A team of geoscientists from the University of Toronto have discovered what is believed to be the oldest water on record ever found. In an active copper, zinc, and silver mine mine in Timmins, Ontario, the team drilled down to find water that is two billion years old.
The discovery follows a similar one that took place in 2013, according to the CBC, where they drilled 2.4 kilometers into the earth, finding water over a billion years old. This time they continued to dig deeper.
“Everything about the water is brand new. We are seeing signals in all isotopes that we’ve identified so far that we’ve never seen anywhere else,” says Postdoctoral researcher and leader of the expedition Oliver Warr.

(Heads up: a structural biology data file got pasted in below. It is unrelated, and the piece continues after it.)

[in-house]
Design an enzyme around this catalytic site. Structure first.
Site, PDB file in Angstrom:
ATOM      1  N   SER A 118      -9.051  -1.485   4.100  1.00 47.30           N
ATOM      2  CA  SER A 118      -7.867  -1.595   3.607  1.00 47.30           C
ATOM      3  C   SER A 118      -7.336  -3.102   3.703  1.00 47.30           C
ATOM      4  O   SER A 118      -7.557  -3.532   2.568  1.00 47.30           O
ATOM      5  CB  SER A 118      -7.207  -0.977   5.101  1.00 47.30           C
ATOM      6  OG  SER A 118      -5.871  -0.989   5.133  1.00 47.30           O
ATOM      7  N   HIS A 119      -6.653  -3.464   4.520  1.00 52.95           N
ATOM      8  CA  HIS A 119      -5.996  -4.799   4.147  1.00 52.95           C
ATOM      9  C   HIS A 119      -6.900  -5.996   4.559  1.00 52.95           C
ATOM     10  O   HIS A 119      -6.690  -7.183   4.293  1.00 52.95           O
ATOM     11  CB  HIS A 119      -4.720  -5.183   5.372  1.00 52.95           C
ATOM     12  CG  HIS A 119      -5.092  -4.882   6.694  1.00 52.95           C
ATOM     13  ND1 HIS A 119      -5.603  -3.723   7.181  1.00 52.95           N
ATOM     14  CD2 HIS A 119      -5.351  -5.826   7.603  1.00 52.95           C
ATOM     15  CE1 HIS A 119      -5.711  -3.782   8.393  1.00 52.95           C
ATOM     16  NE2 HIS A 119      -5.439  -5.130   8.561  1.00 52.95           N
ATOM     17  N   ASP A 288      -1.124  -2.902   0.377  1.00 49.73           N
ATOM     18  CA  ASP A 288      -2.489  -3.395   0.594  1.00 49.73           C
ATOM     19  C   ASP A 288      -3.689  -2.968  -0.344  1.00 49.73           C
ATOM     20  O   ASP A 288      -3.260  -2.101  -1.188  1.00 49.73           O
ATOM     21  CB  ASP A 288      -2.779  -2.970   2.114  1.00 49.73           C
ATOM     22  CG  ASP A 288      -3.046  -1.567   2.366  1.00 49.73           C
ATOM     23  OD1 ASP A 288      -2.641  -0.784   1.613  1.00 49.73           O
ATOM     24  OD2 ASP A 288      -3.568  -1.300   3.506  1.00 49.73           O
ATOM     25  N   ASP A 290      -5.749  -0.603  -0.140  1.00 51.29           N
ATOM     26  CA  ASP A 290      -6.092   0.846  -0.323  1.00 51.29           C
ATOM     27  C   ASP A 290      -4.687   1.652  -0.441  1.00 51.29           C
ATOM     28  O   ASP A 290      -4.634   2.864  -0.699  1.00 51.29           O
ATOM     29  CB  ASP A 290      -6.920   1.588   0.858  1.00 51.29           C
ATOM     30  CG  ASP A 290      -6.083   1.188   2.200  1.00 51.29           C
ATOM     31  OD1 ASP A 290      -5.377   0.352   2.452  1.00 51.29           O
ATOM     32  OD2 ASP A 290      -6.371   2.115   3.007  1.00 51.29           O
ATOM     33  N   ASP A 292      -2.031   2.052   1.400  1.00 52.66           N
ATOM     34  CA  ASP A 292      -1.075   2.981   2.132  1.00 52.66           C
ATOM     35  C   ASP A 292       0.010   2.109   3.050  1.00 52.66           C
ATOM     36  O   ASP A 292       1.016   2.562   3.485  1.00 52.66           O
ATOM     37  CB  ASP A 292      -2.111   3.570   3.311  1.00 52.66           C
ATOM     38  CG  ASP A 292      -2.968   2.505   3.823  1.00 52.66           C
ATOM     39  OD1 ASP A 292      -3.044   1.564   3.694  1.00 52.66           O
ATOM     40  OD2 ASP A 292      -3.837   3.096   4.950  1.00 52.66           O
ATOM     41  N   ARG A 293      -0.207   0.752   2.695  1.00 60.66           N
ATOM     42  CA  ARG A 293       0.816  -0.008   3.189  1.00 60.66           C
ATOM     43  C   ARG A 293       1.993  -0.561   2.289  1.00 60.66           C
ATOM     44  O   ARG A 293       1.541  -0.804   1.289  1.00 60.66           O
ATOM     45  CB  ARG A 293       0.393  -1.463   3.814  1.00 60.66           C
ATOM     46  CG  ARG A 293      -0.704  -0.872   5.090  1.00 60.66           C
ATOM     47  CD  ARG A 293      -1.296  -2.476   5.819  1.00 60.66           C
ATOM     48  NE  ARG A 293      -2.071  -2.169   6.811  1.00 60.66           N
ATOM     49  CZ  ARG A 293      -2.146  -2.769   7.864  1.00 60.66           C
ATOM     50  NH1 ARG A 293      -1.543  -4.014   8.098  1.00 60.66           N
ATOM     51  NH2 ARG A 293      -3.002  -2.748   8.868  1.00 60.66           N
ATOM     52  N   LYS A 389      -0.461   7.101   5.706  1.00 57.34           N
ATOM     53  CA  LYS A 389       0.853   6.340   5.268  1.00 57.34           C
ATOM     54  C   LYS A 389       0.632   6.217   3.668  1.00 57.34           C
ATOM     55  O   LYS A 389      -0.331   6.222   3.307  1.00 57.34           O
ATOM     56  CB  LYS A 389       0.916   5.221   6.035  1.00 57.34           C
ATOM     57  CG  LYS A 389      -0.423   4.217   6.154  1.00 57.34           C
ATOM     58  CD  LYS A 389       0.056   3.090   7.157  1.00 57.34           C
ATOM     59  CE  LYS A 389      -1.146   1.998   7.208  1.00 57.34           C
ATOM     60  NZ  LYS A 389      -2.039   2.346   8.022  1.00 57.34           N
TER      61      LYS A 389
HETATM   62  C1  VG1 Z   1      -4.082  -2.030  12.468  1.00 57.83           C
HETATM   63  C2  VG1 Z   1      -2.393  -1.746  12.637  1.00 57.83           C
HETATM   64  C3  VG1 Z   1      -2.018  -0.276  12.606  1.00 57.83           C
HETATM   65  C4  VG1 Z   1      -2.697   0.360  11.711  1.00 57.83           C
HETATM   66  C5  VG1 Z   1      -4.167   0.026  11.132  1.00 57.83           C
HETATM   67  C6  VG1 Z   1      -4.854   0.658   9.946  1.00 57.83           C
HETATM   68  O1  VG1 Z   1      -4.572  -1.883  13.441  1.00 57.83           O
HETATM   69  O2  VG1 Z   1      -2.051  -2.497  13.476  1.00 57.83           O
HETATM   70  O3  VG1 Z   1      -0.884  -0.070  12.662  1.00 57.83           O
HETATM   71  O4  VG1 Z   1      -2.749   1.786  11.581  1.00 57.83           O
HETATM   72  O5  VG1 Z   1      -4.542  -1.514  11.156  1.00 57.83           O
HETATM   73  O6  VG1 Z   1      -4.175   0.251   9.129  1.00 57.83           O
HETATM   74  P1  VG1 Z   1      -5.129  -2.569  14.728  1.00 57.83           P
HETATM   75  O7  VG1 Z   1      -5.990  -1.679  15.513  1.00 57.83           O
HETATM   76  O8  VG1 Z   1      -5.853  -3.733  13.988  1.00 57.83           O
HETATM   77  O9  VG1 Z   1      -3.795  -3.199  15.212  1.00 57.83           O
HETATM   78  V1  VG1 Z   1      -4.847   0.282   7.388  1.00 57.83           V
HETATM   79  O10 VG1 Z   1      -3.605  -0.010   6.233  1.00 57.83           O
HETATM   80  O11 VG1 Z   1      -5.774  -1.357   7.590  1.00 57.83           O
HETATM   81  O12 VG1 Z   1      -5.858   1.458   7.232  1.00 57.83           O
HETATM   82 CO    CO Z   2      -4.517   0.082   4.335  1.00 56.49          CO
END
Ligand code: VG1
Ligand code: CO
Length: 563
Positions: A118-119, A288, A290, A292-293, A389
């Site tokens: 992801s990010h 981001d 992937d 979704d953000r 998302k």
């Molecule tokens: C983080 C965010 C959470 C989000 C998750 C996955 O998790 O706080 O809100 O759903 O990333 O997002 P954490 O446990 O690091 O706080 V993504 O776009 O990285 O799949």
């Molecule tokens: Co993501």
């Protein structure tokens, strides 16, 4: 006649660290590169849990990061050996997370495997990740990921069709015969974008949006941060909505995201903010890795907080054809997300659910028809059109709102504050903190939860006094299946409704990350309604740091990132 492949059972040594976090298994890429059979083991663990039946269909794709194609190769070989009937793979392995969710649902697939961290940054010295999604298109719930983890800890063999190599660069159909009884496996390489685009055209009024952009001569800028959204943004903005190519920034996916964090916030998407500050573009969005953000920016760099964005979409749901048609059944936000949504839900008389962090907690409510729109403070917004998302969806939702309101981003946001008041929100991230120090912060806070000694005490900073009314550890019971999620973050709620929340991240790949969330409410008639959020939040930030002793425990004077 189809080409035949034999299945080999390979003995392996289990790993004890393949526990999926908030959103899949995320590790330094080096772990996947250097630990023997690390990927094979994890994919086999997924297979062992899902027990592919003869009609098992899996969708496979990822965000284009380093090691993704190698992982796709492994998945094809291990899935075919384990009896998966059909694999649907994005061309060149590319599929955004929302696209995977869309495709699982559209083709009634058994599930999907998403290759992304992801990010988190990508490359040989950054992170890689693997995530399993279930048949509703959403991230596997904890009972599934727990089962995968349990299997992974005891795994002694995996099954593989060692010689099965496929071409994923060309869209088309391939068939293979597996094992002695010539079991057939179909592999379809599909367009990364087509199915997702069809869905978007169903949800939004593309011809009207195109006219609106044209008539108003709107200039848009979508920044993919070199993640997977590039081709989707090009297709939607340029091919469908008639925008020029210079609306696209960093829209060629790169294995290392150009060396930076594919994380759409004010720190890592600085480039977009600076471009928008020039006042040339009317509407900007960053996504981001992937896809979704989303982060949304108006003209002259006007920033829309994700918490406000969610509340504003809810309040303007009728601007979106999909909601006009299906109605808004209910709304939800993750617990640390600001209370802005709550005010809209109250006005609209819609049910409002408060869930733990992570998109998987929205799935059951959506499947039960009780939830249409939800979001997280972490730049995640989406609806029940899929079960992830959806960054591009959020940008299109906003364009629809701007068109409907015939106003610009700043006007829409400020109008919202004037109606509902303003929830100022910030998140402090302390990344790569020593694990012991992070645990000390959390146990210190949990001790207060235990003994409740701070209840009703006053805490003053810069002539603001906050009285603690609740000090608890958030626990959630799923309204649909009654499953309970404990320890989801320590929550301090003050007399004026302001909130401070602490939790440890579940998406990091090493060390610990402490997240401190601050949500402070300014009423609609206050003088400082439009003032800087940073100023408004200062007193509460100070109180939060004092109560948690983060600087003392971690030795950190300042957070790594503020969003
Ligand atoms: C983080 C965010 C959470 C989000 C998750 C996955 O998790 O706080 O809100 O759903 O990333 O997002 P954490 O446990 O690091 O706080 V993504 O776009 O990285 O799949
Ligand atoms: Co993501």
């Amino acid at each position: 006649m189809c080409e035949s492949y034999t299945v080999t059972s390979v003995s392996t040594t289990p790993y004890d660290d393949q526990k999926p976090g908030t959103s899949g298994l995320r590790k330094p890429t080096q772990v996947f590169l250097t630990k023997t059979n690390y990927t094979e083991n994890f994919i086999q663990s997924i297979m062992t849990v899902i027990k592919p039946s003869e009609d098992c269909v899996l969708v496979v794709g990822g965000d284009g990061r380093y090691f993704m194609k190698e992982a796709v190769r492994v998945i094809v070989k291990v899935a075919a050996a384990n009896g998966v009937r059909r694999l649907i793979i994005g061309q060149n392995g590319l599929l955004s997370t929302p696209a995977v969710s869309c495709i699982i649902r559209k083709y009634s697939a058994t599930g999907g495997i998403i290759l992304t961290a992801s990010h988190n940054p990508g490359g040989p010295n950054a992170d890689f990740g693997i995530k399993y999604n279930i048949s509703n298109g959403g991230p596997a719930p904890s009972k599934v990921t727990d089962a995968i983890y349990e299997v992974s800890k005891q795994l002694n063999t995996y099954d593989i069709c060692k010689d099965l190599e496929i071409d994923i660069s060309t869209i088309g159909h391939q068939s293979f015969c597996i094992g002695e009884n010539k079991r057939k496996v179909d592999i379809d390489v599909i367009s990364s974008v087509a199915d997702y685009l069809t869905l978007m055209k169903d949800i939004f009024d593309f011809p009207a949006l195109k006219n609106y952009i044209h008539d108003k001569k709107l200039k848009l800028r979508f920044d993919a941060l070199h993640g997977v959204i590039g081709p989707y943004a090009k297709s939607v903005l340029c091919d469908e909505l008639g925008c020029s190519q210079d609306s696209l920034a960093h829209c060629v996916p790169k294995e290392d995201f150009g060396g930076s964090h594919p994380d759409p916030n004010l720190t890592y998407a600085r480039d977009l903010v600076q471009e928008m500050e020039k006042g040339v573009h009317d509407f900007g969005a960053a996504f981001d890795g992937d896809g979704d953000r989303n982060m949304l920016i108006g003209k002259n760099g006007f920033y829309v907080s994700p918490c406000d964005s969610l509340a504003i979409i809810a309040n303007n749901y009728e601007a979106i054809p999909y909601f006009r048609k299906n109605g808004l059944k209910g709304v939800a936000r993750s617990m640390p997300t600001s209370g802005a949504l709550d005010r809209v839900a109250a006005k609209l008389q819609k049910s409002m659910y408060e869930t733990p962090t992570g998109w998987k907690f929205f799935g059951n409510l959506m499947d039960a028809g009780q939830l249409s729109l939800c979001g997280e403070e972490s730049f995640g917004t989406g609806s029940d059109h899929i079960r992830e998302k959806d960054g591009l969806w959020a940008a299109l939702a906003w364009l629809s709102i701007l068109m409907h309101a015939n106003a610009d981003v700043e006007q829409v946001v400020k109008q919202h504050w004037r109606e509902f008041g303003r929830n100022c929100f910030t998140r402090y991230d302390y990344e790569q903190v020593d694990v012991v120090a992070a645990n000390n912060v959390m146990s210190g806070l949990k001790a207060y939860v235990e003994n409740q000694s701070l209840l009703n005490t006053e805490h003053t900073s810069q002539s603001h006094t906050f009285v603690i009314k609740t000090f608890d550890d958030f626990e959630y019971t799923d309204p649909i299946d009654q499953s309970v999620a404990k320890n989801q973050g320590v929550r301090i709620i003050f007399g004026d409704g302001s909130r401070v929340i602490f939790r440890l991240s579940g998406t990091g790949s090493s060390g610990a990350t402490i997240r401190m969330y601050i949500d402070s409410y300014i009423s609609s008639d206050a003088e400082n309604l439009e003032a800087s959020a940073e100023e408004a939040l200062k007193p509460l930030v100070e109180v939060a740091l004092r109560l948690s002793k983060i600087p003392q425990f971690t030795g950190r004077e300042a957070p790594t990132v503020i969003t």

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The researchers are hoping samples of the water can tell them more about our planet at the time.
“If water has been down there for up to two billion years, it can tell us something about the atmosphere at the time, or the state of the Earth, which previously we’ve not been able to get much insight into,” Warr told CBC.
While the water is about eight times saltier than seawater and contains traces of metal, it wouldn’t kill you Warr says, “but it would taste absolutely disgusting.”
(Courtesy CBC News)